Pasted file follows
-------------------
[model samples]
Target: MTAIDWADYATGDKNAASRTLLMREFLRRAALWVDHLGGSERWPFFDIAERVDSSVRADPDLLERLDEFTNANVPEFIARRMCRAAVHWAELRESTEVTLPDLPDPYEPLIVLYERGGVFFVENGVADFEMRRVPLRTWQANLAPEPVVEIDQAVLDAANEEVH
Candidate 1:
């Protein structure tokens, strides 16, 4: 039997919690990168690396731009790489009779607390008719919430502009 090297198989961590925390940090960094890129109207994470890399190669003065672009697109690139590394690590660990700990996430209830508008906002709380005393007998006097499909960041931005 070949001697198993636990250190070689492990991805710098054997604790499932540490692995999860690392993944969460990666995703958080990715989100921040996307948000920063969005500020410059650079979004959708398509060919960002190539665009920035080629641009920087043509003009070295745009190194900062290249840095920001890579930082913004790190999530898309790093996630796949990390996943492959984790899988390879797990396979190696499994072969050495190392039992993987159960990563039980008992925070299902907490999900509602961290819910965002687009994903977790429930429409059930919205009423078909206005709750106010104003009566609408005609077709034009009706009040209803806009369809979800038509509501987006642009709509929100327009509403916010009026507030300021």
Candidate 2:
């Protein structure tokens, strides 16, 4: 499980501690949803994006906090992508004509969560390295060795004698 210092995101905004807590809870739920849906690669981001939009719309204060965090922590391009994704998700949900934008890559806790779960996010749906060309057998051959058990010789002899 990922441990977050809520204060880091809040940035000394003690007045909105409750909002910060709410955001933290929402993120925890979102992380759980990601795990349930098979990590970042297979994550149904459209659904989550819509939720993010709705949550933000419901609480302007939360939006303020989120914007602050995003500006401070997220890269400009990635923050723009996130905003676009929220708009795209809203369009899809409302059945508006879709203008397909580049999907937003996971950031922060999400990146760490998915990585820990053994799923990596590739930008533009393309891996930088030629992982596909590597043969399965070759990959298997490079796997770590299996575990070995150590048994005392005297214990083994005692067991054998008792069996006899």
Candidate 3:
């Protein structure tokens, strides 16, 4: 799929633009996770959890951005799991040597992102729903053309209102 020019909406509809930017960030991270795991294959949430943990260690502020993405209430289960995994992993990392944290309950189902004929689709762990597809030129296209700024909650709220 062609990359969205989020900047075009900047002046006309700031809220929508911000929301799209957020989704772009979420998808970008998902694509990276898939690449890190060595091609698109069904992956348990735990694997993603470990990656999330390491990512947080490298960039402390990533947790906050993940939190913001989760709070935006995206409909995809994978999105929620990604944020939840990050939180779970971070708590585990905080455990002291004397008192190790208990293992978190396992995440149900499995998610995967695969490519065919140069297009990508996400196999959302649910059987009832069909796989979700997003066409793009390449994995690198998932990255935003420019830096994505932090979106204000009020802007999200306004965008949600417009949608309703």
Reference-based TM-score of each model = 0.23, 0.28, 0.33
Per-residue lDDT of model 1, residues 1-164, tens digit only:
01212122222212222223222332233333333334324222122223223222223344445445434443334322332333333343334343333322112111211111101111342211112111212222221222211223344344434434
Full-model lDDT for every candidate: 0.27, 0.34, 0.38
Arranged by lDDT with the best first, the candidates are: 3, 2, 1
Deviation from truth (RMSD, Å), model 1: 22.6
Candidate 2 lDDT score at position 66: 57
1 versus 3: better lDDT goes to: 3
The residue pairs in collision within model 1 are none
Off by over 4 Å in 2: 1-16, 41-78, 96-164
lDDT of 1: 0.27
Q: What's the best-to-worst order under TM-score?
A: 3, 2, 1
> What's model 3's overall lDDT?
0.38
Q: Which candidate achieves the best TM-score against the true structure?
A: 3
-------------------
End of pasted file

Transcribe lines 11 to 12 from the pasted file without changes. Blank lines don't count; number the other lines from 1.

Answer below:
01212122222212222223222332233333333334324222122223223222223344445445434443334322332333333343334343333322112111211111101111342211112111212222221222211223344344434434
Full-model lDDT for every candidate: 0.27, 0.34, 0.38